How much technology is too much? Psychologist presents insights May 5

04/25/2016
By Sue Cody

 

Doreen Dodgen-MageeDo you ever wonder what effect technology has on children’s brains? Does too much social media affect behavior and relationships?

 

An expert will share her knowledge and insights in a free, fast-paced, multi-media presentation, “Plugged in: How overuse of technology can change a developing brain. How much is too much?” Clinical psychologist Dr. Doreen Dodgen-Magee will share scientific research and suggestions at a presentation 6 to 8 p.m. Thursday, May 5, at Clatsop Community College (CCC).

 

“Out of all the presentations I have attended over the years, Dr. Dodgen-Magee is my favorite,” says Teresa Crouter, prevention specialist at Northwest Parenting. “She has a message everyone should hear. She shows how technology affects the personality of developing brains.”

 

Teachers, students, parents, professionals would all benefit from the lecture, Crouter says.

 

“Dr. Dodgen-Magee presents material that is at once fascinating and sobering,” writes Dr. Richard Cohen. “She presents that material in a way that is absolutely captivating. With keen intelligence, intense energy and a wonderfully dry wit, Dr. Dodgen-Magee shows how our adaptations to new technologies change us.”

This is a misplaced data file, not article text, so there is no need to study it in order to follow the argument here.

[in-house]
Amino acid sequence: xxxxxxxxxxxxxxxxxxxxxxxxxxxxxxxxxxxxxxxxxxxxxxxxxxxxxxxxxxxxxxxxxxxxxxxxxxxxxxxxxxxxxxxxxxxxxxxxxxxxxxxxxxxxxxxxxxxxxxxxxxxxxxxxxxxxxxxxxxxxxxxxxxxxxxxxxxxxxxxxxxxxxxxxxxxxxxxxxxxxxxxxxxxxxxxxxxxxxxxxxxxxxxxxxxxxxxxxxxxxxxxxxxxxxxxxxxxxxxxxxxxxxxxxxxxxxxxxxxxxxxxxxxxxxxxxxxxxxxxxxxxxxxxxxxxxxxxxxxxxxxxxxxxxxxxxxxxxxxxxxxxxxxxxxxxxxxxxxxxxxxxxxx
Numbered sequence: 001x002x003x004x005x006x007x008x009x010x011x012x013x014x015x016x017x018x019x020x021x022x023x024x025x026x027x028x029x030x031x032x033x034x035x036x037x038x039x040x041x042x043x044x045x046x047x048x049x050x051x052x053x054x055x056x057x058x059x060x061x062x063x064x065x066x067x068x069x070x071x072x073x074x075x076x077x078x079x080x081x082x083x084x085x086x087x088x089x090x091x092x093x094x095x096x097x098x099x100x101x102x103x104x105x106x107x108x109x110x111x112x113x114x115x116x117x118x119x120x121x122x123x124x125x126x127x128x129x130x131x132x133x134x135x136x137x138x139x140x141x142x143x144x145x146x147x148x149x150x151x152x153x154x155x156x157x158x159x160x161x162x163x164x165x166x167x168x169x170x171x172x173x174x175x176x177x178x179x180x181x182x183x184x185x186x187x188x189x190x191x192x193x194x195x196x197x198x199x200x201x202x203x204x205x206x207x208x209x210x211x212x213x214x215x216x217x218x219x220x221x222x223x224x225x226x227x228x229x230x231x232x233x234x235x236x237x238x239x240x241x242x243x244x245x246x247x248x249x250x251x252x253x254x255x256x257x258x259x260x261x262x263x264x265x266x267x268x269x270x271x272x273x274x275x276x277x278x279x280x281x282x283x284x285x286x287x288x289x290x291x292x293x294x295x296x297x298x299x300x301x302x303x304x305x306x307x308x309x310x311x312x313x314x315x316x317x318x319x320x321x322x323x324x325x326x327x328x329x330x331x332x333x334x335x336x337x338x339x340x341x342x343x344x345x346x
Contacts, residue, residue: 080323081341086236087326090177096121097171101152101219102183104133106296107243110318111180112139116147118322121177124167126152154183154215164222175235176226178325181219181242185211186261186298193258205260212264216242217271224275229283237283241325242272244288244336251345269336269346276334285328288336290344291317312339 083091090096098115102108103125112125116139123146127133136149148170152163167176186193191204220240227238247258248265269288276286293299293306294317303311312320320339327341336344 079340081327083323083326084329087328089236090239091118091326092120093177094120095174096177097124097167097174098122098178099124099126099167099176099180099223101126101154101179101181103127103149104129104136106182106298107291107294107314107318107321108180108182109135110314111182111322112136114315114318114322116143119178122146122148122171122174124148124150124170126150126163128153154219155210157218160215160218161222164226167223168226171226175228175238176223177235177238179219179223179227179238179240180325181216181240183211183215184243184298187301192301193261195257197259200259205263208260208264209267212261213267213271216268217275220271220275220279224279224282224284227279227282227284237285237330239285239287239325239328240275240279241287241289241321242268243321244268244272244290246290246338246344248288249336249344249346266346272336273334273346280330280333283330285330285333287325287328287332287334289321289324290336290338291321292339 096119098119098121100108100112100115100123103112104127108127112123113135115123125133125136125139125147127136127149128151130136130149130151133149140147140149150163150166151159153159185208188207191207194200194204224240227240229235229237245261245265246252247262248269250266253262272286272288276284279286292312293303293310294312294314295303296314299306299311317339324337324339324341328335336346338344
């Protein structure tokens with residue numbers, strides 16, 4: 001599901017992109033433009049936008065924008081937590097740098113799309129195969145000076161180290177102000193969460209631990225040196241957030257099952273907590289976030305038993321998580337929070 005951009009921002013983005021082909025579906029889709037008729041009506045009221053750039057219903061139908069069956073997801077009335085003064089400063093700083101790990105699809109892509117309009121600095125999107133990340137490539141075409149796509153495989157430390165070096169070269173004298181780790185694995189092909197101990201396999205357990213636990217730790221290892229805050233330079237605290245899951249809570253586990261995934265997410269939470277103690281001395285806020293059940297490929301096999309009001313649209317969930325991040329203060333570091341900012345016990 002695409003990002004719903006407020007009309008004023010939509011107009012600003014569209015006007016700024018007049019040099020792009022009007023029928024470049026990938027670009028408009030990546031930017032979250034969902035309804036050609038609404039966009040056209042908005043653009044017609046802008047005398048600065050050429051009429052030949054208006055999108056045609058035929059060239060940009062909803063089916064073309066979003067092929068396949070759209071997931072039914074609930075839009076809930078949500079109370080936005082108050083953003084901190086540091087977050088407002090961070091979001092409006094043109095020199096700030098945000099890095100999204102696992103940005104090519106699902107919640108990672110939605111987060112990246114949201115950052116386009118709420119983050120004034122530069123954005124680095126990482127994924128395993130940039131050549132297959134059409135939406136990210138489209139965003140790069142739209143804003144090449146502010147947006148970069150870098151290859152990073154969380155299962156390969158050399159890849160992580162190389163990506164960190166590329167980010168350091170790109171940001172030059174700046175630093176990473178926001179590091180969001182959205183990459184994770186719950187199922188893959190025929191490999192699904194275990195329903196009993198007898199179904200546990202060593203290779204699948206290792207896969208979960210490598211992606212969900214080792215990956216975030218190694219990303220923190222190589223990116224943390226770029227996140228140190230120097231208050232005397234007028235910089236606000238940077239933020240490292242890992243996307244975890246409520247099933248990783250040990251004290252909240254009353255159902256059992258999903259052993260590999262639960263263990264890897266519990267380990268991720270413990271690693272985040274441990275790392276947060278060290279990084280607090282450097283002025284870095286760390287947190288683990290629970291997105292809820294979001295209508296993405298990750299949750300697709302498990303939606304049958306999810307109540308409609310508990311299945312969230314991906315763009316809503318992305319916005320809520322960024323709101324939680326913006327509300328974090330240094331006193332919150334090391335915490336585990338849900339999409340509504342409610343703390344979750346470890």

Dodgen-Magee also has her finger on the pulse of the most popular apps children are using and the marketing of those apps. “She has great tips for parents and fun ways to get children unplugged,” Crouter says. “She is also witty and funny.”

 

The psychologist is not anti-technology. “In fact, she embraces technology, but gives constructive ways to engage with it,” says Crouter.

 

Overuse of technology can harm a child’s sense of self, neurological function and relationships. Participants will learn how to recognize dependence or addiction to technology in children. Dogden-Magee will offer techniques for engaging children in the natural world and the world of ideas.

 

Dodgen-Magee is based in Lake Oswego and has lectured on a national circuit, at universities, for doctors, professionals, students, attorneys and educators.

 

Refreshments will be served from 5:30 to 6 p.m., May 5, with the presentation from 6 to 8 p.m. in Room 219, Columbia Hall, on the CCC main campus, 1651 Lexington Ave., Astoria.

 

A shorter Lunch & Learn session will be held from noon to 1 p.m. at the Guy Boyington Center, 875 Commercial St. Participants should bring their own lunch.

 

The free presentations are sponsored by Northwest Parenting, Clatsop Community College and Clatsop County.